In five words, describe your place in the sector.
Brave, curious, redhead, conduit. Educator.
What first drew you to the sector?
When I was growing up in New Plymouth we went to Puke Ariki with my school, I remember being spellbound by the educator and I remember so clearly the feeling of standing in front of the tall glass case full of stuffed birds, the carpet under my feet, and the dark lighting. Dad also tells this story of my class going to the Govett Brewster and how all the kids and adults sat on an art work. I still touch stuff when no one is looking.
Years later while doing Maori Studies and Art History and working at Te Papa I was given an amazing chance (thank you Victoria Esson) to work on the Treaty2U bus as an educator, I met Conal McCarthy at this time and from then I was determined to do his Museum and Heritage Studies course and to work in the sector and continue to share stories and connect people with objects and places.
The exhibition Parihaka: The Art of Passive Resistance shown in Dunedin changed my life. But that’s another story.
What challenges have you faced in your career so far?
Getting bored in a job that wasn’t quite the right fit was a real challenge. I was administering legislation, I loved the tricky moments and working with people and I had some incredible moments. I was the first person to fly the Maori Flag at the National War Memorial, I helped community groups commemorate Waitangi Day all over Aotearoa, I helped family keep taonga safe and sound and I was the person who received the phone call about the Anaweka waka. But I made mistakes, I was really crap at filing. I do have regrets about not being good enough at my job and letting people down. I should have asked for help before I did damage, I was just lucky to have an incredible manager for a while who supported me (with her tough love) and gave me some skills to improve my work.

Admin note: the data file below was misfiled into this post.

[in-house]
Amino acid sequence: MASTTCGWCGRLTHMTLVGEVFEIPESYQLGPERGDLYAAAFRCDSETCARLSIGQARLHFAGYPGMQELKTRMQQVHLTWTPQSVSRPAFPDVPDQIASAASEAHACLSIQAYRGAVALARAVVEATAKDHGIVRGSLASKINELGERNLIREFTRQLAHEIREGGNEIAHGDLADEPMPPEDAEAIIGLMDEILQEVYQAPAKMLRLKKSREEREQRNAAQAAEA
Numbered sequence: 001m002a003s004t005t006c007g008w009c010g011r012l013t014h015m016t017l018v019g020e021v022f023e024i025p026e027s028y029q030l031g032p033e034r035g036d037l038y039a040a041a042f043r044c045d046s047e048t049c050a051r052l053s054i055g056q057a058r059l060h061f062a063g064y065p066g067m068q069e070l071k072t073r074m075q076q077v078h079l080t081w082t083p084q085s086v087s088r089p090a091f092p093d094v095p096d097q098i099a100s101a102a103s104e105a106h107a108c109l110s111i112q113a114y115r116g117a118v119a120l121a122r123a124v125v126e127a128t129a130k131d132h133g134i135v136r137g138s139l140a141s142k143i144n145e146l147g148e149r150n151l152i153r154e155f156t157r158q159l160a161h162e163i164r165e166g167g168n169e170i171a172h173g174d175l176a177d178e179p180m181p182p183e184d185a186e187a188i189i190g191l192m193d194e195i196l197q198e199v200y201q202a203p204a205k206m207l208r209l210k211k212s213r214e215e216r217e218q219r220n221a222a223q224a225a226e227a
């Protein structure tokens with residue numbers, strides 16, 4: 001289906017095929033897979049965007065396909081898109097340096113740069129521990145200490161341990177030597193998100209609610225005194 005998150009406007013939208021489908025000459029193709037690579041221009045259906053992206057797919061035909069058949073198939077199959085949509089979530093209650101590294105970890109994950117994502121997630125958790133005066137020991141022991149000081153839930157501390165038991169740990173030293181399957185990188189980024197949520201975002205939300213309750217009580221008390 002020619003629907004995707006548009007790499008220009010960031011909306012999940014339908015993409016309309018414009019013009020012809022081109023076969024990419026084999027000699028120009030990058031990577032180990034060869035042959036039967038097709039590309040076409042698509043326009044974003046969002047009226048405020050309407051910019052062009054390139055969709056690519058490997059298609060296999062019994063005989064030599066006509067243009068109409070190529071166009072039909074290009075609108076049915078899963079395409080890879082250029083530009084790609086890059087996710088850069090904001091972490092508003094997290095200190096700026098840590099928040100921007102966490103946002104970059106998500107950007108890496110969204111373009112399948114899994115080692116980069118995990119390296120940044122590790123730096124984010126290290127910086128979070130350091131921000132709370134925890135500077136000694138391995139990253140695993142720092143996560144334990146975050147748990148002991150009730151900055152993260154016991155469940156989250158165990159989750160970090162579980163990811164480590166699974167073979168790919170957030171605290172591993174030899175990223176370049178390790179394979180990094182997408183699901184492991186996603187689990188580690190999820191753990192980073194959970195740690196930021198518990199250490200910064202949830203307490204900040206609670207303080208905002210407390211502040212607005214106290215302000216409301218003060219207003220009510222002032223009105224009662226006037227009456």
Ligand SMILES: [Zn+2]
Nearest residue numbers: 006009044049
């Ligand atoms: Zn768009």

I have been so lucky that the Ministry for Culture & Heritage has supported me and given me this incredible role here at Pukeahu. I have been challenged to find a space where I can be a pacifist but also remember the dead and recognise the place Pukeahu has in the hearts and minds of many people. We must remember so we don’t repeat it, we must learn so we understand but we must also share and listen and honour different views.
My current challenge is the pressure to share this place with young people. I am all too aware that I am a kaitiaki of an incredible resource and getting students here is a challenge.
I’m looking forward to the challenge that we’re facing from communities about who & how we remember, teaching through the current korero around memorials and working on upcoming commemorations around Suffrage 125 and Tuia - First Encounters.
Has anything or anyone in particular provided you with support?
I am so lucky to have incredible women around me to lean on & lean into. Its small moments. An Instagram comment, a talk they’ve given and having the space to ask them questions, sharing, watching, being told off. I have been taught to do things with love and creativity, always.
Being a member of Kava Club has given me support. I’ve learnt how much space I take up and how I need to sit quietly and listen.
What do you think people at your own level bring to the sector?
I was talking to a friend the other day about how my peers share, how we look after each other. We talk, all, the, time, we discuss, write, share. If I think of my peers we’re pretty close, maybe too much so, there’s a whanau aspect, different roles, tuakana teina, but in the end its solidarity, a shared purpose that gets us through.
What is a positive change you would like to see in the sector?
I think it’s important in a sector this small that we look after each other. There is some awful patch protection going on, and disgusting gate keeping. People need to check their privilege, and that comes in many shapes and forms. Who are you supporting?
What is your karaoke song?
Pat Benatar – Love is a Battlefield (Editor: TUUUUUUNE)